EXECUTIVE SUMMARY: A peculiar chronology can be spotted when examining the milestones marking the history of the development and use of persistent nerve agents around the world. Coincidentally or otherwise, Iran, North Korea, and Russia have all been mentioned in the context of nerve agents in recent years.
The category of chemical warfare agents known as nerve agents has two sub-categories: volatile (non-persistent) and persistent nerve agents. The first is typically represented by sarin, a toxicant that was used in the Tokyo subway sabotage (conducted by the Japanese movement Aum Shinrikyo in 1995), during the Iraq-Iran War (when it was used by the Iraqi army), and during the Syrian Civil War (when it was used by the Assad regime).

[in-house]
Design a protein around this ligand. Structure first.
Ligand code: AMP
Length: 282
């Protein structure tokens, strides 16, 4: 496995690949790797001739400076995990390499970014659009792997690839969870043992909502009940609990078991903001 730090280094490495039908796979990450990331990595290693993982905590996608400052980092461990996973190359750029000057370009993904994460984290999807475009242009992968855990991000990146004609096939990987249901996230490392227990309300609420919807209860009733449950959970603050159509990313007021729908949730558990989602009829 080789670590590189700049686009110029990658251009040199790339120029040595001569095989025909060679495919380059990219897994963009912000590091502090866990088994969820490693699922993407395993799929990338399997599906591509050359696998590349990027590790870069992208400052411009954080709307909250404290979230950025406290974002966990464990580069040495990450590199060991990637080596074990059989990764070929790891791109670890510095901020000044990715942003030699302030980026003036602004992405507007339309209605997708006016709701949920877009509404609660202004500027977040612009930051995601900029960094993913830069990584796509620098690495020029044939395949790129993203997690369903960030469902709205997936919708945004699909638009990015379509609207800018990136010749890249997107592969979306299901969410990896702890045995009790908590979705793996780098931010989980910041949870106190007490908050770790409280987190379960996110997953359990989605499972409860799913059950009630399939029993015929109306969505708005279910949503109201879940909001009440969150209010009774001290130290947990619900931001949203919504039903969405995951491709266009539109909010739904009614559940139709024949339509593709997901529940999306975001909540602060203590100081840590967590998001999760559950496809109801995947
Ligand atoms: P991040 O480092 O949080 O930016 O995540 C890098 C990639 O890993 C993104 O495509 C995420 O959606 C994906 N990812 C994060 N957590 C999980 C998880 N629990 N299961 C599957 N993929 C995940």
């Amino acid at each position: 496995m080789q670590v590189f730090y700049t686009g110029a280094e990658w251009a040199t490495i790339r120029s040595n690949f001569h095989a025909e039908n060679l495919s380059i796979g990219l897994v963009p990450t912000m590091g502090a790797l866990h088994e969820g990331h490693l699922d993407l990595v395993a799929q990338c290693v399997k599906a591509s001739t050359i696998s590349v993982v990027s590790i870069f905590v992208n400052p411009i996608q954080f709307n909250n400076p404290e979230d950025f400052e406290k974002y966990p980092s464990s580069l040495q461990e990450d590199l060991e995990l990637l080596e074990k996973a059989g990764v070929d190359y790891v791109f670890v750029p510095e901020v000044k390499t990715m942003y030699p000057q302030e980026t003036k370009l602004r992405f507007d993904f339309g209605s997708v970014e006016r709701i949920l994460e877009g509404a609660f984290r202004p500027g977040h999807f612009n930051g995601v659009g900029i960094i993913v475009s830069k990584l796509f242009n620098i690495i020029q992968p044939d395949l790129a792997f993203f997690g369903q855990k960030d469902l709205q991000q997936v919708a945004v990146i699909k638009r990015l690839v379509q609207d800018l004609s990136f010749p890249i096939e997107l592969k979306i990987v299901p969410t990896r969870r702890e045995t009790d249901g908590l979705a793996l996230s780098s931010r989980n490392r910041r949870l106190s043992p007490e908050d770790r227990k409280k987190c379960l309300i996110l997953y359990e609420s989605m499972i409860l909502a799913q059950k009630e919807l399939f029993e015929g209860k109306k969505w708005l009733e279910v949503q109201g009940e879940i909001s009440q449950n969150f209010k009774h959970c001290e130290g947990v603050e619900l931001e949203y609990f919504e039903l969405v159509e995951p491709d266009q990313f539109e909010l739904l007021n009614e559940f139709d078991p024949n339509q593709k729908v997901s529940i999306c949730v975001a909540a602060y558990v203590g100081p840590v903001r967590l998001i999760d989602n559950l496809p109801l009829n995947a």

Persistent nerve agents typically consist of VX and the Novichok group. In the battlefield, persistent nerve agents have been used only once: in the 1980s, Cuba deployed VX against Angolan insurgents during the Angolan Civil War.
Much attention has thus been drawn towards the notorious Novichok poisonings that occurred not long ago in Britain. For the purpose of killing specific individuals, persistent nerve agents like Novichok are more effective than volatile agents in that they adhere to the victim (to simplify somewhat).